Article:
"Tibet is a tough challenge for the United Nations in that, while there is certainly a strong moral imperative for action by the Security Council, the legal case is a bit murkier since the territory is recognized as part of China," says Stephen Zunes, professor of politics and international studies at the University of San Francisco.
"And, with the threat of a Chinese and Russian veto, no meaningful resolution could be passed anyway," he told IPS.
Given how vetoes and veto threats by the United States -- sometimes in conjunction with Britain and France -- have blocked Security Council action on even more egregious repression in recognized non-self-governing territories like Palestine and Western Sahara, "UN action on Tibet may be too much to hope for," said Zunes, who has written extensively on the politics of the Security Council.
Last week's demonstrations in Tibet, marking the anniversary of the failed 1959 uprising against Chinese rule, resulted in the killings of several demonstrators.
But the numbers differ -- ranging from 16 to 80. The figures could not be verified because Tibet has remained out of bounds.
The Dalai Lama, the spiritual head of Tibet who has been living in exile since the 1959 uprising, has called for an international investigation of last week's killings in Tibet.
But the permanent representative of Russia to the United Nations, Ambassador Vitaly Churkin, who is the current rotating president of the Security Council, told reporters Monday that Tibet was "not a matter for the Security Council."
Asked by IPS why the Security Council was avoiding Tibet, he repeated himself: "Because it is not a matter for the Security Council."
"Our foreign ministry has made a statement and I'll refer you to that, and I will not speak about it anymore," he declared.
UN Secretary-General Ban Ki-moon, who is usually evasive on politically sensitive issues, has remained equally tight-lipped.
Asked if he sees a role for the United Nations in the Tibetan crisis, he ducked the question: "We will to continuously monitor the situation, and we will get back to you."
"I have been closely following the recent development of the situation in the Tibet Autonomous Region of China," he said, weighing his words on the political status of Tibet.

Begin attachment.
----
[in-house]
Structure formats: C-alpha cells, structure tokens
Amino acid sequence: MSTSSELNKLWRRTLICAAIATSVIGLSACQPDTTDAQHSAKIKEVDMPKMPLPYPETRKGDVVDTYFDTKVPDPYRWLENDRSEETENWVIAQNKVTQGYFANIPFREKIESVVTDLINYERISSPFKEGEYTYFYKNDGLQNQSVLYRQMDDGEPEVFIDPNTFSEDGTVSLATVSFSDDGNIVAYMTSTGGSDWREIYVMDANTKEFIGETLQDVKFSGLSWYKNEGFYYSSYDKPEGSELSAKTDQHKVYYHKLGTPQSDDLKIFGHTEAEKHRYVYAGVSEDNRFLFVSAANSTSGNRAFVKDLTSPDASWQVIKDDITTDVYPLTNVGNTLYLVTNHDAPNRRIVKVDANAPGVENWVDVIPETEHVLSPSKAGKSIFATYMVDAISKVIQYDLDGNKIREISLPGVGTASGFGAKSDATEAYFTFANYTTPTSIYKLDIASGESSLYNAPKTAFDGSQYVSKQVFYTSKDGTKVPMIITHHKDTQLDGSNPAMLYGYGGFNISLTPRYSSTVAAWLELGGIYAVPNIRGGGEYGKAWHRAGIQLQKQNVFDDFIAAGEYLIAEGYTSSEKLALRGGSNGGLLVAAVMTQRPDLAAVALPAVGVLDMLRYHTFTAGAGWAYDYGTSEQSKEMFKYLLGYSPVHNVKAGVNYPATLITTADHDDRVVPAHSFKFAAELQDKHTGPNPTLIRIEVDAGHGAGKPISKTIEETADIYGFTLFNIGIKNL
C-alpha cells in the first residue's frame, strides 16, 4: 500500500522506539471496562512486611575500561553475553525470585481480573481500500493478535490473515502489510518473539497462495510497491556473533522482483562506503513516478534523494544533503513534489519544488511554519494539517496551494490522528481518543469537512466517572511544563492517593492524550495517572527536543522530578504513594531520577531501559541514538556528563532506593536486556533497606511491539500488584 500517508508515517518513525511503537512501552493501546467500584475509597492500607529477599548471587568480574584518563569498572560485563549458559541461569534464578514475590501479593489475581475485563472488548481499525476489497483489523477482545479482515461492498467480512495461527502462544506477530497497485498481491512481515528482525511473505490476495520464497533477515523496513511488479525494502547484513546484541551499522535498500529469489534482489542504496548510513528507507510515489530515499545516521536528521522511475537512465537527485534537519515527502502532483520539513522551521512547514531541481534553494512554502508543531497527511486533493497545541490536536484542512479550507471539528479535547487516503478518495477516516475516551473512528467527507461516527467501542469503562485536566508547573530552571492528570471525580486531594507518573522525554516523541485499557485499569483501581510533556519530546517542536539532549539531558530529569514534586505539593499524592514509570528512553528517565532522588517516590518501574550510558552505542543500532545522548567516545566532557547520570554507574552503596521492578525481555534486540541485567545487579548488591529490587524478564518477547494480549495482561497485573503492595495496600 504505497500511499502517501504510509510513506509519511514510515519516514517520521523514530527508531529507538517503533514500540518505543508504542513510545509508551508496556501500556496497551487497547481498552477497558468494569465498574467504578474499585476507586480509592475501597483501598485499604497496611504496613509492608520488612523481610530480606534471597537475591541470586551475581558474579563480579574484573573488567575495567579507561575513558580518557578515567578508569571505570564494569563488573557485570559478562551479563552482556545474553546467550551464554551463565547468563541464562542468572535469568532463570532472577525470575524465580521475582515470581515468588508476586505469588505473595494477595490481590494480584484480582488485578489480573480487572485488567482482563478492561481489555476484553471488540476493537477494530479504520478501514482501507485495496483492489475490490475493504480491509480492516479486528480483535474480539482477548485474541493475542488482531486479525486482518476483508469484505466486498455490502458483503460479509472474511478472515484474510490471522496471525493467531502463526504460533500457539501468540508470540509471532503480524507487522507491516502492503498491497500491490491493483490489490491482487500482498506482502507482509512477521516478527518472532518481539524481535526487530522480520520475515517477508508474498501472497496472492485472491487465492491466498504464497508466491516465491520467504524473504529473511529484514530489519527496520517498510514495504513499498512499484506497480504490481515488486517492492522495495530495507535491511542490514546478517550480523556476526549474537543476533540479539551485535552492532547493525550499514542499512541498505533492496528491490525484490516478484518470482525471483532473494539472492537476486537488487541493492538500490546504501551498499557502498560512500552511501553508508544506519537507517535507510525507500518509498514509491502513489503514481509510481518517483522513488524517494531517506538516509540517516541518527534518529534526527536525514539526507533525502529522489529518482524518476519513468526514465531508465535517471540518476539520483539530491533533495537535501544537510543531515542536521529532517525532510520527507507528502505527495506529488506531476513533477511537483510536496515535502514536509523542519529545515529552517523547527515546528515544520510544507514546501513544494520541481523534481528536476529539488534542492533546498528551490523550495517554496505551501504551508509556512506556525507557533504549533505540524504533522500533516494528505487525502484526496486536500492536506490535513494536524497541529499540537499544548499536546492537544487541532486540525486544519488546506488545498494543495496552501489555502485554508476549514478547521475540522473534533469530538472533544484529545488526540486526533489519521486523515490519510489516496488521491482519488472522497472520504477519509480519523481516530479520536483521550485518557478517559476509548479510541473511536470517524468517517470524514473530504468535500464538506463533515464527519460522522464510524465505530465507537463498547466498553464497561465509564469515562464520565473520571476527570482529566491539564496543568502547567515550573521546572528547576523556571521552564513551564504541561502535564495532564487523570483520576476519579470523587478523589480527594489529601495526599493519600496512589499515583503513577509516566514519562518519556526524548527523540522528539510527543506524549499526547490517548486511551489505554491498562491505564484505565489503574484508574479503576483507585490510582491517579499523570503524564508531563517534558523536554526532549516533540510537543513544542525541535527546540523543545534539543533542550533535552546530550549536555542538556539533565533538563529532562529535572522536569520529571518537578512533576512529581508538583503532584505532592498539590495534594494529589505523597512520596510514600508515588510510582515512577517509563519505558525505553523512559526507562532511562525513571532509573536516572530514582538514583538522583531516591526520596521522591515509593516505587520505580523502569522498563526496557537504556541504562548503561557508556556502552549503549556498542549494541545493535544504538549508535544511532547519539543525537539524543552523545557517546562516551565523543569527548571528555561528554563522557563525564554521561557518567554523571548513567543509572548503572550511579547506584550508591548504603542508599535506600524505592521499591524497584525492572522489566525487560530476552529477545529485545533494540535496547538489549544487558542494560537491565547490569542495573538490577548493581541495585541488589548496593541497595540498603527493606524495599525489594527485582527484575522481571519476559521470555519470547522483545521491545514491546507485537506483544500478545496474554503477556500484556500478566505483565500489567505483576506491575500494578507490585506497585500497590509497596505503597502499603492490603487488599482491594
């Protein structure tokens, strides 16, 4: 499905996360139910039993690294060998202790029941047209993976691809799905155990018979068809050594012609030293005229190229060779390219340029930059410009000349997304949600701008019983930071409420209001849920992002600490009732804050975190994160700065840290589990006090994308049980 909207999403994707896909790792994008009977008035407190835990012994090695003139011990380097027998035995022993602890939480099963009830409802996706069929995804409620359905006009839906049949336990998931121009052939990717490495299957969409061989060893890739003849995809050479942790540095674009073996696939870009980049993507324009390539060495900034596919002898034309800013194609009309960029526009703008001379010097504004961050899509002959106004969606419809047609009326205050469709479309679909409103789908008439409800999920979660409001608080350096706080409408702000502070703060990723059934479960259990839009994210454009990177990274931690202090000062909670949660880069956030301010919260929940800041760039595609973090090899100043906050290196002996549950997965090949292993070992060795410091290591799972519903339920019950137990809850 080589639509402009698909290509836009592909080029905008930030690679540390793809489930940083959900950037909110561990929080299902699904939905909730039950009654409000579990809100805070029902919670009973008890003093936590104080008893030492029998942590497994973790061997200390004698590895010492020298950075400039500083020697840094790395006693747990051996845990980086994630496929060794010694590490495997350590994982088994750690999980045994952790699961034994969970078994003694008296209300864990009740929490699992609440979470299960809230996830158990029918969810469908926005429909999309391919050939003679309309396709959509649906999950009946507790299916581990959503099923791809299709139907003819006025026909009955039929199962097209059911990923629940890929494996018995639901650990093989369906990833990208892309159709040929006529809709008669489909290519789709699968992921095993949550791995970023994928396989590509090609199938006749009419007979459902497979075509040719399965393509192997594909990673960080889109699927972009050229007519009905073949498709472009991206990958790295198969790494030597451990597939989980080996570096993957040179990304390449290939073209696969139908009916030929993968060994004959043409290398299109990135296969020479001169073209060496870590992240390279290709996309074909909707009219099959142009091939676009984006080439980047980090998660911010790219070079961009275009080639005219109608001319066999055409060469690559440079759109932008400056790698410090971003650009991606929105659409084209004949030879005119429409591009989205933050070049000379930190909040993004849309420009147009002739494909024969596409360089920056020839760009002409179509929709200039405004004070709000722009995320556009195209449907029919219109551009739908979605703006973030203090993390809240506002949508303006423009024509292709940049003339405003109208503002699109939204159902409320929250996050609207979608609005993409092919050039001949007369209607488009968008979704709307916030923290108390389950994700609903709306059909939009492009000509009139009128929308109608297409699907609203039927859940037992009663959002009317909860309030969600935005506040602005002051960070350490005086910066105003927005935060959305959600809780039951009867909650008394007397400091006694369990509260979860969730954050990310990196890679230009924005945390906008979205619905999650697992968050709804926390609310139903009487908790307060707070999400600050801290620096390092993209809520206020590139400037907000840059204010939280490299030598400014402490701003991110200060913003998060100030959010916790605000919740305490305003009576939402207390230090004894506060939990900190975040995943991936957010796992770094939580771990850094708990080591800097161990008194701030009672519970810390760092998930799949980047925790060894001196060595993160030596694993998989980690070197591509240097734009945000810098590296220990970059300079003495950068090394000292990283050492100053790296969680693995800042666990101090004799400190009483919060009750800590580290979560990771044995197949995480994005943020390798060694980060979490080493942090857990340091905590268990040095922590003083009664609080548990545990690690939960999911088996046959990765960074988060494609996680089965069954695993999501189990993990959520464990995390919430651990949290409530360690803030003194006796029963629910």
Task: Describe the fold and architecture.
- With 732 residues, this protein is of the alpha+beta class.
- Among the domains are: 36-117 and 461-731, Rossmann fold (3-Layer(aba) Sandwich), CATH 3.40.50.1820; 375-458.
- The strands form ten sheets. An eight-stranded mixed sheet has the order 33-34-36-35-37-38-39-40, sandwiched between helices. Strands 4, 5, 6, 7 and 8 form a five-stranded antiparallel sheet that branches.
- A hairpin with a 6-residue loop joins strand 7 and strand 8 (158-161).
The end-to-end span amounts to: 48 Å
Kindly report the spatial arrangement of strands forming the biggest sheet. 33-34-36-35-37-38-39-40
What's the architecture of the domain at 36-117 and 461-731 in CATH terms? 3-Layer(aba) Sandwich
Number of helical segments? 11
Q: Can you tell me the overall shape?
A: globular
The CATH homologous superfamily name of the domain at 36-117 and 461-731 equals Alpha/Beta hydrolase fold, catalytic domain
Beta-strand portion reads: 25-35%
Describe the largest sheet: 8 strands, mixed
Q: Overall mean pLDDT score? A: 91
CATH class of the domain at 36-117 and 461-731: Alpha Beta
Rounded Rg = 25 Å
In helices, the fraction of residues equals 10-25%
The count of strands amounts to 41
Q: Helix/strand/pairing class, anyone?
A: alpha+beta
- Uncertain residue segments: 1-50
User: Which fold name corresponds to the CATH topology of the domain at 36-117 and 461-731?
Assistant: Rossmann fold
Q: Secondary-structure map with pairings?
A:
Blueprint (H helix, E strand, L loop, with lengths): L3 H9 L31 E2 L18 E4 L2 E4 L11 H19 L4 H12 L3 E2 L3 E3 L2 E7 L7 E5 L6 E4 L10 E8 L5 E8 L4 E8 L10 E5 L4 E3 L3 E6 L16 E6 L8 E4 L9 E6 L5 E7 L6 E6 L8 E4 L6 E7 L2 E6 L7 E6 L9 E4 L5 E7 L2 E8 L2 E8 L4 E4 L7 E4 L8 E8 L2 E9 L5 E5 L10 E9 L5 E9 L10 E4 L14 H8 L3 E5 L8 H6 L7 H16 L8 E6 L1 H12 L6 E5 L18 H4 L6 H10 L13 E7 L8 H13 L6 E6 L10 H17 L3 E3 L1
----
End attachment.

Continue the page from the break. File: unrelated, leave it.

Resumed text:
"I am increasingly concerned about the tensions and reports of violence and loss of life in Tibet and elsewhere," he said, urging "restraint on the part of the authorities."
He added: "I call on all concerned to avoid further confrontation and violence, and I stress the importance of a peaceful resolution."
Asked if Tibet is a threat to international peace and security, which is usually the subject of Security Council intervention, Ban said: "We have not discussed this matter, and it was not on the agenda."
The secretary-general also refused to give any casualty figures.
"As I said, I am closely monitoring the situation." As for the exact number of casualties, he said, "I would have to check again."
"I had a meeting with the Chinese ambassador this morning, and also we discussed this matter. I expressed my concern and my views to the Chinese government," he said Monday.
Speaking on condition of anonymity, one Asian diplomat said that the Security Council is being run on a politically selfish principle: "You scratch my back, I will scratch yours."
Last month's carnage in Gaza, resulting in the deaths of at least 120 Palestinians (including 29 children and six women) and 11 Israelis (including one civilian and eight students in Jerusalem) did not evoke any political outrage in the Security Council.
What was at issue was the continued disproportionate use of military force by Israel, mostly against unarmed civilians, including women and children. At the same time, there was a rigid Israeli embargo on humanitarian supplies to Gaza.
The League of Arab States condemned the Israeli attacks as "crimes against humanity" and punishable by the International Criminal Court in The Hague or sanctions by the Security Council.
But even though the United States would have no compunction in using its veto to block any punitive action against Israel, neither China nor Russia wanted to risk antagonising Washington.
The Chinese, who are traditionally sympathetic towards the Palestinians, would never have initiated any action, the diplomat said, fearing they would antagonize the United States which has so far refused to join the growing chorus of activists calling for a boycott of the Beijing Olympics in August.
Mark Malloch-Brown, the British minister for Africa, Asia and the United Nations, was quoted as saying that China may still jeopardise the Olympics if it continues with the suppression of dissidents in Tibet.
"With the Olympics ahead, they really will pay a terrible cost in international public opinion, if they're seen to violently crack down on dissidents," he added.
Last week, even the U.S. State Department, in its annual report on human rights, refused to name and shame the Chinese for violations.
"But in what looked like a political payoff to a government whose help America desperately needs on difficult problems, the department dropped China from its list of 10 worst violators," said the New York Times Tuesday.
The "difficult problems" include punitive action against Israel for its heavy-handed suppression of Palestinians.
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